6. rouye56wingnut
    Joined: Jan 14, 2008
    Posts: 352

    rouye56wingnut
    Member
    from mn.

    The concern of a car falling backwards off of a 2 post lift because of improper placement of the arms by a sloppy operater would be just like saying 4 posters are dangerous because of not chalking tires or putting in gear and ending up with a car rolling off the end .

    Don I would suggest you go to someones shop that has both and seriously look at what kind of work you do on a daily basis .I cant imagine working around all those posts unless I had a shop with more space to give away than mine (and I have a relatively good size shop) . Any thing you do on a 4 post (for the most part ) you will be leaning in to do work on suspention , brakes and such . If you are doing chassis work I cant think that you would want to tie up a rack for this and you would use a dedicated spot in your shop that you could have level and straight .

    I guess I have seen too many of these in shops where the guy originally came from a home shop and just didn't realize how cumbersome they are compared to a twin . Just look at what most pro shops are using and it might allow you to make the correct move . These are only my observations after using them for 30+ years .
     
  7. sawzall
    Joined: Jul 15, 2002
    Posts: 4,731

    sawzall
    Member

    i just moved into a new home with a 2 post lift.. and I had a mid rise lift.. Ironically.. All I wish I could add to the shop right now is a 4 post lift!!
    seriously.. I think each has its advantages..

    no matter which you get.. Any is better than NONE!
     
    lothiandon1940 likes this.
  8. oldtom69
    Joined: Dec 6, 2009
    Posts: 544

    oldtom69
    Member
    from grandin nd

    one thing not brought up is in this part of the frozen north many shops have floor heat,either the electric cable type or the hot water tubing in the concrete.You can't just put an anchor anywhere you need,you have to lay out the holes before you pour the floor/You don't need a Jed Clampett moment-drill a hole in your floor an hit anti-freeze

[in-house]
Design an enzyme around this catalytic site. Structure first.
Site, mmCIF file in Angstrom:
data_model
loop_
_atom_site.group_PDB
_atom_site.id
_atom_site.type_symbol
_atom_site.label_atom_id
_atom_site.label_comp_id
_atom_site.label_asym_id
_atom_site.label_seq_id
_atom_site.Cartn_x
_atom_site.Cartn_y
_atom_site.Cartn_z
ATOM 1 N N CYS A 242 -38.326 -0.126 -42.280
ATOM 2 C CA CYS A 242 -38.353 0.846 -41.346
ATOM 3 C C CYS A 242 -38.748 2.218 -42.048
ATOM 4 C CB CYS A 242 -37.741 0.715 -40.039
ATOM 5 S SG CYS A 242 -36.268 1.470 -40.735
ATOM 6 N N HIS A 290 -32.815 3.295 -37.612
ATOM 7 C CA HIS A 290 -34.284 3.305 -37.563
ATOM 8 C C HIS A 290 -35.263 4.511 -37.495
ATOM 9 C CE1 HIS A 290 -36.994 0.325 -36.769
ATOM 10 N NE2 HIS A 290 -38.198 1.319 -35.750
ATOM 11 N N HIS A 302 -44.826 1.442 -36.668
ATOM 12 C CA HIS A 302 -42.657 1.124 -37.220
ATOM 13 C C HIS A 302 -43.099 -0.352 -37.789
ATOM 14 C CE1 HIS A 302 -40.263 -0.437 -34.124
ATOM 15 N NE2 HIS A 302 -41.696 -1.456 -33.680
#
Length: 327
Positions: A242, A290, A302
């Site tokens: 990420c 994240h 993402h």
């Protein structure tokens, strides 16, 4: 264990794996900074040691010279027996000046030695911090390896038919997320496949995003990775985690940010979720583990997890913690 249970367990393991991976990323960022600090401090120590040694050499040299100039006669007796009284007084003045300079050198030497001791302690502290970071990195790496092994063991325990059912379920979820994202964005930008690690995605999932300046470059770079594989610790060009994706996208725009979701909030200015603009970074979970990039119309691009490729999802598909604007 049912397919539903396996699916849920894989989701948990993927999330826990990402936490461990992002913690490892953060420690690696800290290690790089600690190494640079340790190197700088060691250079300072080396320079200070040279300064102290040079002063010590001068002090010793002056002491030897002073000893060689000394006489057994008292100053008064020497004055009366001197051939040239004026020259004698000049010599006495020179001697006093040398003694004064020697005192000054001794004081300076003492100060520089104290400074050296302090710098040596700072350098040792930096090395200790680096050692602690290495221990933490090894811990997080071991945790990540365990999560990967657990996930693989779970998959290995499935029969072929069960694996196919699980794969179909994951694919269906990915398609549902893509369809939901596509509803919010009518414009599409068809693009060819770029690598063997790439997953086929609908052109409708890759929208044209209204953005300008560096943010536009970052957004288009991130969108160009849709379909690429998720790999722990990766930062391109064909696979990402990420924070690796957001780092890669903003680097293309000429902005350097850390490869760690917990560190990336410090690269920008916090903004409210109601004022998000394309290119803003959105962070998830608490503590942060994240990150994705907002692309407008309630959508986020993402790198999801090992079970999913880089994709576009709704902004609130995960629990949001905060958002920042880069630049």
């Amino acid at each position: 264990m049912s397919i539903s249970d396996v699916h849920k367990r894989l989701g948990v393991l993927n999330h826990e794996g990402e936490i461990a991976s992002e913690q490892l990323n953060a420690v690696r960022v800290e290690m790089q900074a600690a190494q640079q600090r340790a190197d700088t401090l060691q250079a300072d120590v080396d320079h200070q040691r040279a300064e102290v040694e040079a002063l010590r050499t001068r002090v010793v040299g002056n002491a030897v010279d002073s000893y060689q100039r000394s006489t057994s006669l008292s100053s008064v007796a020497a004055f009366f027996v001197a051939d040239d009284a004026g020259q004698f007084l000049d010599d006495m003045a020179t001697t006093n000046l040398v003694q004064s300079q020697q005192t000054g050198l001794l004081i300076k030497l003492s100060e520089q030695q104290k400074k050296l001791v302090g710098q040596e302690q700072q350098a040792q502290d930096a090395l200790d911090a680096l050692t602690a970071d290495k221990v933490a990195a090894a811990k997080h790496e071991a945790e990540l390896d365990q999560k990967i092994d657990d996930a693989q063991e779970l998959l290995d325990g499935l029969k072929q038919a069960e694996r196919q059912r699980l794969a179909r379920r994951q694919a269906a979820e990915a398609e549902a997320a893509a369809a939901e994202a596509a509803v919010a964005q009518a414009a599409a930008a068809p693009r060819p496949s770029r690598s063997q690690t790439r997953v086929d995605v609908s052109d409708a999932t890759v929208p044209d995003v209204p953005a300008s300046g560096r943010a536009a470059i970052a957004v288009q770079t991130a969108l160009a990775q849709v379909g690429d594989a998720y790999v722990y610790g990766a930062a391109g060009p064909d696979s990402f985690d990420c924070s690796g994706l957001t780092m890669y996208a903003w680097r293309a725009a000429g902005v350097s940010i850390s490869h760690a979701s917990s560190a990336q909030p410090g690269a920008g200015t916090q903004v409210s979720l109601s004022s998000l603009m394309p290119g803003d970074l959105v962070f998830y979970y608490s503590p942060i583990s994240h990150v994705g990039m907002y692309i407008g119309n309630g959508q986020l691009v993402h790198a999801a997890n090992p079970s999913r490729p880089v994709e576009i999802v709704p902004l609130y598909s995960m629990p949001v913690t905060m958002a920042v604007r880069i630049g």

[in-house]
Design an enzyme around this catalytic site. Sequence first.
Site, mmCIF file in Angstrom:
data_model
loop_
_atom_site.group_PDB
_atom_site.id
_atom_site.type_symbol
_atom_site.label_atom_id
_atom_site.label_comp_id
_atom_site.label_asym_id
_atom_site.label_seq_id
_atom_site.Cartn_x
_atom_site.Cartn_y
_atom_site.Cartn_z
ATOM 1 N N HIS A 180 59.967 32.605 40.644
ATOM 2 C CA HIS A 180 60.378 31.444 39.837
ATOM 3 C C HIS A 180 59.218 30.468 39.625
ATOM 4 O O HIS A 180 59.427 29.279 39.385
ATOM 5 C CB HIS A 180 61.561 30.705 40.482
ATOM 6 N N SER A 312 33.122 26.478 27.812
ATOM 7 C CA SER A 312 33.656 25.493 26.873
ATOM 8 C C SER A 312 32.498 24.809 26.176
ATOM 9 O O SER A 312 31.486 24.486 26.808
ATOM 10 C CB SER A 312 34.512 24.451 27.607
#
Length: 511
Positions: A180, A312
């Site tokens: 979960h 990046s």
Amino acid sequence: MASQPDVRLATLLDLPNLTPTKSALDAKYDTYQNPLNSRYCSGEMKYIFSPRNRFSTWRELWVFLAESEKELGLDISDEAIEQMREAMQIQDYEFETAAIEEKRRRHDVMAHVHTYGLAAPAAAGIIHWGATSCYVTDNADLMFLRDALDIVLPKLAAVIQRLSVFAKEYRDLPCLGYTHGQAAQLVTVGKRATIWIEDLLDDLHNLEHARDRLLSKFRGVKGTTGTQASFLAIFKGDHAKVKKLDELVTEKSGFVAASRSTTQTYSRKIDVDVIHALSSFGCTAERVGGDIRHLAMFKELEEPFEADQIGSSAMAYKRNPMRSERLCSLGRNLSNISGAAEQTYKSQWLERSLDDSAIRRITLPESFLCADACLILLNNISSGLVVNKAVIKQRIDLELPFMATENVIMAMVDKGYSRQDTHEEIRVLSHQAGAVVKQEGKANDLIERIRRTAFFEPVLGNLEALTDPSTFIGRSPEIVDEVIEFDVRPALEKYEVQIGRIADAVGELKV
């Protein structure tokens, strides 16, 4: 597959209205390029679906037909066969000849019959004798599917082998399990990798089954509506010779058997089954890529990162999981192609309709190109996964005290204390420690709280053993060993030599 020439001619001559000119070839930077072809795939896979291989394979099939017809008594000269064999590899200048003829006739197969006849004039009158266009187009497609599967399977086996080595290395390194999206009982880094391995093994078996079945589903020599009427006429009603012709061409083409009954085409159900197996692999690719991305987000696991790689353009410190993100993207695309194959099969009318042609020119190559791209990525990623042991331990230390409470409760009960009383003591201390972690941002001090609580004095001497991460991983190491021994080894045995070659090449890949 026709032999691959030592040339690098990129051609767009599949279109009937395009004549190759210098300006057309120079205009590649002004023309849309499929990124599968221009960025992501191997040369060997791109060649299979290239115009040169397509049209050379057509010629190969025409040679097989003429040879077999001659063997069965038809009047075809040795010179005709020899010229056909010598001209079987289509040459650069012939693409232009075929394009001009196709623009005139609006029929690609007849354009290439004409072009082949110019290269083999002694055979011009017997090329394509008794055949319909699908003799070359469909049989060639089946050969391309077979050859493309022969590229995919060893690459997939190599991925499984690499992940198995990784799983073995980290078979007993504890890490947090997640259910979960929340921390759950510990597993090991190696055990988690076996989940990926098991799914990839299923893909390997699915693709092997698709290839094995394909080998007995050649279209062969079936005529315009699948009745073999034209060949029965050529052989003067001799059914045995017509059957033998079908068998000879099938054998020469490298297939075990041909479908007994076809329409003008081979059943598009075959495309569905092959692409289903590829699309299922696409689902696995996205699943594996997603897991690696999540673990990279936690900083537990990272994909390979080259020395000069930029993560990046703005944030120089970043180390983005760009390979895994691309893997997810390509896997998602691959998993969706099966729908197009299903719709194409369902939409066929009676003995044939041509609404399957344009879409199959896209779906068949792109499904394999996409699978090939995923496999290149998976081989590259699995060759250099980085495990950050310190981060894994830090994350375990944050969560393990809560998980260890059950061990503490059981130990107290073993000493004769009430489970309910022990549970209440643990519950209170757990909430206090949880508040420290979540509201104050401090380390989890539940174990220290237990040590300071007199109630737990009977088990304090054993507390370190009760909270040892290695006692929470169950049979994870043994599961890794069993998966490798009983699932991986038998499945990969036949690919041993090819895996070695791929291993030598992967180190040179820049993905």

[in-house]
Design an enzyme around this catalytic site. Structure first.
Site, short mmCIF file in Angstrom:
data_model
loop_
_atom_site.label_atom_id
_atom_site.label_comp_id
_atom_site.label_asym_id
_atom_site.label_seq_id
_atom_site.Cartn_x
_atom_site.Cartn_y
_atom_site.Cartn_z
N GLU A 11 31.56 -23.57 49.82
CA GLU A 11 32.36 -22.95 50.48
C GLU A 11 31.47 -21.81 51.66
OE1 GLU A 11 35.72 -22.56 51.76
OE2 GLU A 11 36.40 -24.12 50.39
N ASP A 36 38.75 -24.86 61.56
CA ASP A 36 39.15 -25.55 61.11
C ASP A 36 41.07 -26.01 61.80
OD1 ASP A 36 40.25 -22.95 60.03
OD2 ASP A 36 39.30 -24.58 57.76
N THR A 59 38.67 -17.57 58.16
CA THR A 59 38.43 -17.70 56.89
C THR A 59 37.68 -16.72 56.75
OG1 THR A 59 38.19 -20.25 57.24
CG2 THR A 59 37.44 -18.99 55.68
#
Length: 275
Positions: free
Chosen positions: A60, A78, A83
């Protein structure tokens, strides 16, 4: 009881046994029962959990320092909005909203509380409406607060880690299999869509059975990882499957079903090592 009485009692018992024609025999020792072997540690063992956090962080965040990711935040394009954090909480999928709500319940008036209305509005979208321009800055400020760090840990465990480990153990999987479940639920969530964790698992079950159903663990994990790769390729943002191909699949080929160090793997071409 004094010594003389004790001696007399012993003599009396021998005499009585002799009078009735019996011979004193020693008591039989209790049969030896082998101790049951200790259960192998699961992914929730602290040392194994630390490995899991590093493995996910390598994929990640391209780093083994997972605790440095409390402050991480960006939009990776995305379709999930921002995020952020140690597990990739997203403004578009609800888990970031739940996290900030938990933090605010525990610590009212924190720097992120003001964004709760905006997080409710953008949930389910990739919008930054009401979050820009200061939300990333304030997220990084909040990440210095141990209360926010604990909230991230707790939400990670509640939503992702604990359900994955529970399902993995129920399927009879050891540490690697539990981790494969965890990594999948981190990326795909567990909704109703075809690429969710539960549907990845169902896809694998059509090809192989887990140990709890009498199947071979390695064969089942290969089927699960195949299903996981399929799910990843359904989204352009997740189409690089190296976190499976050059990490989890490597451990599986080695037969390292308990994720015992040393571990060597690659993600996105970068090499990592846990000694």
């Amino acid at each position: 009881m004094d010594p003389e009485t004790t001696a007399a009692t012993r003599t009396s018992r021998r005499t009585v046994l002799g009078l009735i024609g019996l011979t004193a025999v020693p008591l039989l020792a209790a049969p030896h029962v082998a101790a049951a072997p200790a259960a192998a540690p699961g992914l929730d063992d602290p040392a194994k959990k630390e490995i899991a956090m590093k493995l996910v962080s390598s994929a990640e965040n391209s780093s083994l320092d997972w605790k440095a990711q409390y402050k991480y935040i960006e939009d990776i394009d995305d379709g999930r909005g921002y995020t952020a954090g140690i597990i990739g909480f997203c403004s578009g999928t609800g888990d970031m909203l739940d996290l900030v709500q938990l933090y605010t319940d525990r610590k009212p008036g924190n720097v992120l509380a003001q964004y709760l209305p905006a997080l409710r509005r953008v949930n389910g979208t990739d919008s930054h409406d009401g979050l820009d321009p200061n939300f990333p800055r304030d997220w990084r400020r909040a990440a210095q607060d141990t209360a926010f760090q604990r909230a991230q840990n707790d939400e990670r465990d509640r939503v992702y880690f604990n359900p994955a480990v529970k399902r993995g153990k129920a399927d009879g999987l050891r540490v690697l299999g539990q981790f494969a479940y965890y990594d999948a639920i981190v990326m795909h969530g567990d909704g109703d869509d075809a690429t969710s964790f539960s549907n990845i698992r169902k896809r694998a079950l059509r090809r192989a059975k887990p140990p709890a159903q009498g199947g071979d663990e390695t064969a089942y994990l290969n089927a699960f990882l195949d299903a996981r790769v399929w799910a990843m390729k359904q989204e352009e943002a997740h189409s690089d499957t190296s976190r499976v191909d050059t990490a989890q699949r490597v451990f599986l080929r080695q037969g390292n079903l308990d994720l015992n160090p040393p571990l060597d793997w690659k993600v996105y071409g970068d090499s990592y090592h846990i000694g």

9. mgtstumpy
    Joined: Jul 20, 2006
    Posts: 8,839

    mgtstumpy
    Member

    1st is a PITA as you have to locate pads under suitable lifting areas on early cars as you need risers due to running boards. 1st is good for removing bodies from chassis and vice versa.

    2nd one is good for most things; drive on, drive off. I've never used this model to remove a body from a chassis.

    Horses for courses they say.
     
  10. 59 brook
    Joined: Jun 12, 2005
    Posts: 1,017

    59 brook
    Member

    I have had 2 post lifts and now have a 4 post. as has been said 2 post for work 4 post for hobby. I worked as a mechanic when I was younger and never dropped a car off a 2 post lift as that's all we had. I have had a chevy truck dropped off a lift by tire kingdom while getting front tires and bend the frame and at a friends shop they had a handicapped van fall backwards off the 2 post while doing a front brakejob

    heck I remember working under single posts lifts. I did get a book one time which showed the jacking positions on different cars and instructions on how to lift cars.
    one advantage to the four post is that it doesn't have to be anchored to the floor and is moveable with a vehicle on it. the 2 post lifts I had did not have the bar above ,they had a chain on the floor with a cover to drive over .needed less ceiling height .got my 2 post used for $1000 each
     
    Last edited: Aug 24, 2013